This paper was presented as a part of a symposium at the 20th annual meeting of the Society for Industrial and Organizational Psychology, Los Angeles, CA, April 2005.
Rater Effects and Attitudinal Barriers Affecting People With Disabilities in Personnel Selection1
Article first published online: 4 SEP 2009
© 2009 Copyright the Authors. Journal compilation © 2009 Wiley Periodicals, Inc.
Journal of Applied Social Psychology
Volume 39, Issue 9, pages 2236–2274, September 2009
How to Cite
Leasher, M. K., Miller, C. E. and Gooden, M. P. (2009), Rater Effects and Attitudinal Barriers Affecting People With Disabilities in Personnel Selection. Journal of Applied Social Psychology, 39: 2236–2274. doi: 10.1111/j.1559-1816.2009.00523.x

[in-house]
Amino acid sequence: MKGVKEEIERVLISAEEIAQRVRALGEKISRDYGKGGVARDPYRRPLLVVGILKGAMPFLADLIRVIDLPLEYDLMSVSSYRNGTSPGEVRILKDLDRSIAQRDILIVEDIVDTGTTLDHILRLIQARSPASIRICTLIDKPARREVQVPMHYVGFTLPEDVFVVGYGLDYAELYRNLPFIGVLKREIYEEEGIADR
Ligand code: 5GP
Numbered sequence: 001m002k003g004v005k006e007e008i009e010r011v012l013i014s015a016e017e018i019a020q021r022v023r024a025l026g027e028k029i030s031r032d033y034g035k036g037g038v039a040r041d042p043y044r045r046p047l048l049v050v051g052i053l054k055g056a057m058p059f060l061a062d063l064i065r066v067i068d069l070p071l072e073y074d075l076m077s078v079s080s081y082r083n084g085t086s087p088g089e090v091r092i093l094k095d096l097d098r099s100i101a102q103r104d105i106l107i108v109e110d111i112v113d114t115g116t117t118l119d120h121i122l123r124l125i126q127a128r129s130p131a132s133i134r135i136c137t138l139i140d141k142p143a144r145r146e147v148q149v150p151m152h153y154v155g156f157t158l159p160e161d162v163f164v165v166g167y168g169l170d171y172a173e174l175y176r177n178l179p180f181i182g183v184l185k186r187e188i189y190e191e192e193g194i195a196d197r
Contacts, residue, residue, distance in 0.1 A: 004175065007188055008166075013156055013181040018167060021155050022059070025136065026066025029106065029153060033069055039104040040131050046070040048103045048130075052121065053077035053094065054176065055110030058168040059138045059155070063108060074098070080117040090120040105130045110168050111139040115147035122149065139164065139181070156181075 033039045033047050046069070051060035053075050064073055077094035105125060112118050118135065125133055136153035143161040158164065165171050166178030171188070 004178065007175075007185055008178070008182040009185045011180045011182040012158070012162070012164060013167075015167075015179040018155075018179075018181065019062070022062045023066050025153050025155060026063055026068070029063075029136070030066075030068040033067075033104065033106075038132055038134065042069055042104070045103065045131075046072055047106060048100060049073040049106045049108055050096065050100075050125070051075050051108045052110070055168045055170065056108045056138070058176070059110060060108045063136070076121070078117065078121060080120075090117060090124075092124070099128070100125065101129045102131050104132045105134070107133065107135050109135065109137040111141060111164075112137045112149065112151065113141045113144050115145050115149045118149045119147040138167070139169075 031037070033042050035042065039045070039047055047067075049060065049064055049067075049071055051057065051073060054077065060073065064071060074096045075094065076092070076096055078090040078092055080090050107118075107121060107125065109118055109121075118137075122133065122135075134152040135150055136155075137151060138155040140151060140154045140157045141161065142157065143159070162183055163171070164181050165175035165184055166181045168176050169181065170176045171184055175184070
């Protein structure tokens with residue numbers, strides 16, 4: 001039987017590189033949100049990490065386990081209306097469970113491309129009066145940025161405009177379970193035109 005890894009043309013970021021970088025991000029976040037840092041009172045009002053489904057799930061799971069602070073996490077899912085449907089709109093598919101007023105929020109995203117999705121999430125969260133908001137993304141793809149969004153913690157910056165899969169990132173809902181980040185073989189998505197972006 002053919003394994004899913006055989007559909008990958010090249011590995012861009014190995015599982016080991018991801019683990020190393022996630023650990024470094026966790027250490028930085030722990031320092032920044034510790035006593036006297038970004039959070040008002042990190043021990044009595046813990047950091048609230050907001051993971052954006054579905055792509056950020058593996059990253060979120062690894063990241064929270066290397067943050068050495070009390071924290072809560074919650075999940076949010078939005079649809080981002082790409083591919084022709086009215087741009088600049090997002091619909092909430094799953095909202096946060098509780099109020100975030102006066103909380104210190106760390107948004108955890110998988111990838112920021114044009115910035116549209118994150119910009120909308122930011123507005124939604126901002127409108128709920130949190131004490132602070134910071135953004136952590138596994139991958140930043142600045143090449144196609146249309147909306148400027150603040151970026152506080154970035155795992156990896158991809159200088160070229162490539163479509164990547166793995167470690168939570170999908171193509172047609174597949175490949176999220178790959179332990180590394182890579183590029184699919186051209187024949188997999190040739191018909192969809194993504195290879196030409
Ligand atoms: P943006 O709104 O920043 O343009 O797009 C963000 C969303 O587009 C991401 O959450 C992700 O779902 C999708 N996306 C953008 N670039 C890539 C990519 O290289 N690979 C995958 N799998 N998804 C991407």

- Issue published online: 4 SEP 2009
- Article first published online: 4 SEP 2009
This study assessed potential barriers of the employment of individuals with disabilities. Participants reviewed the interview notes and résumé of a simulated applicant with a disability, along with the job description for a simulated position. Hiring ratings were assigned, followed by a series of measures assessing personality and attitudes toward people with disabilities. Results indicate that variance in both hiring ratings and attitudes differed as a function of individual differences in raters, suggesting that individual differences not only affect attitudes toward individuals with disabilities, but also impact subsequent hiring recommendations. Findings can be used by human resource professionals to eliminate attitudinal barriers in employment of applicants with disabilities, as well as stress the diversification of selection committees.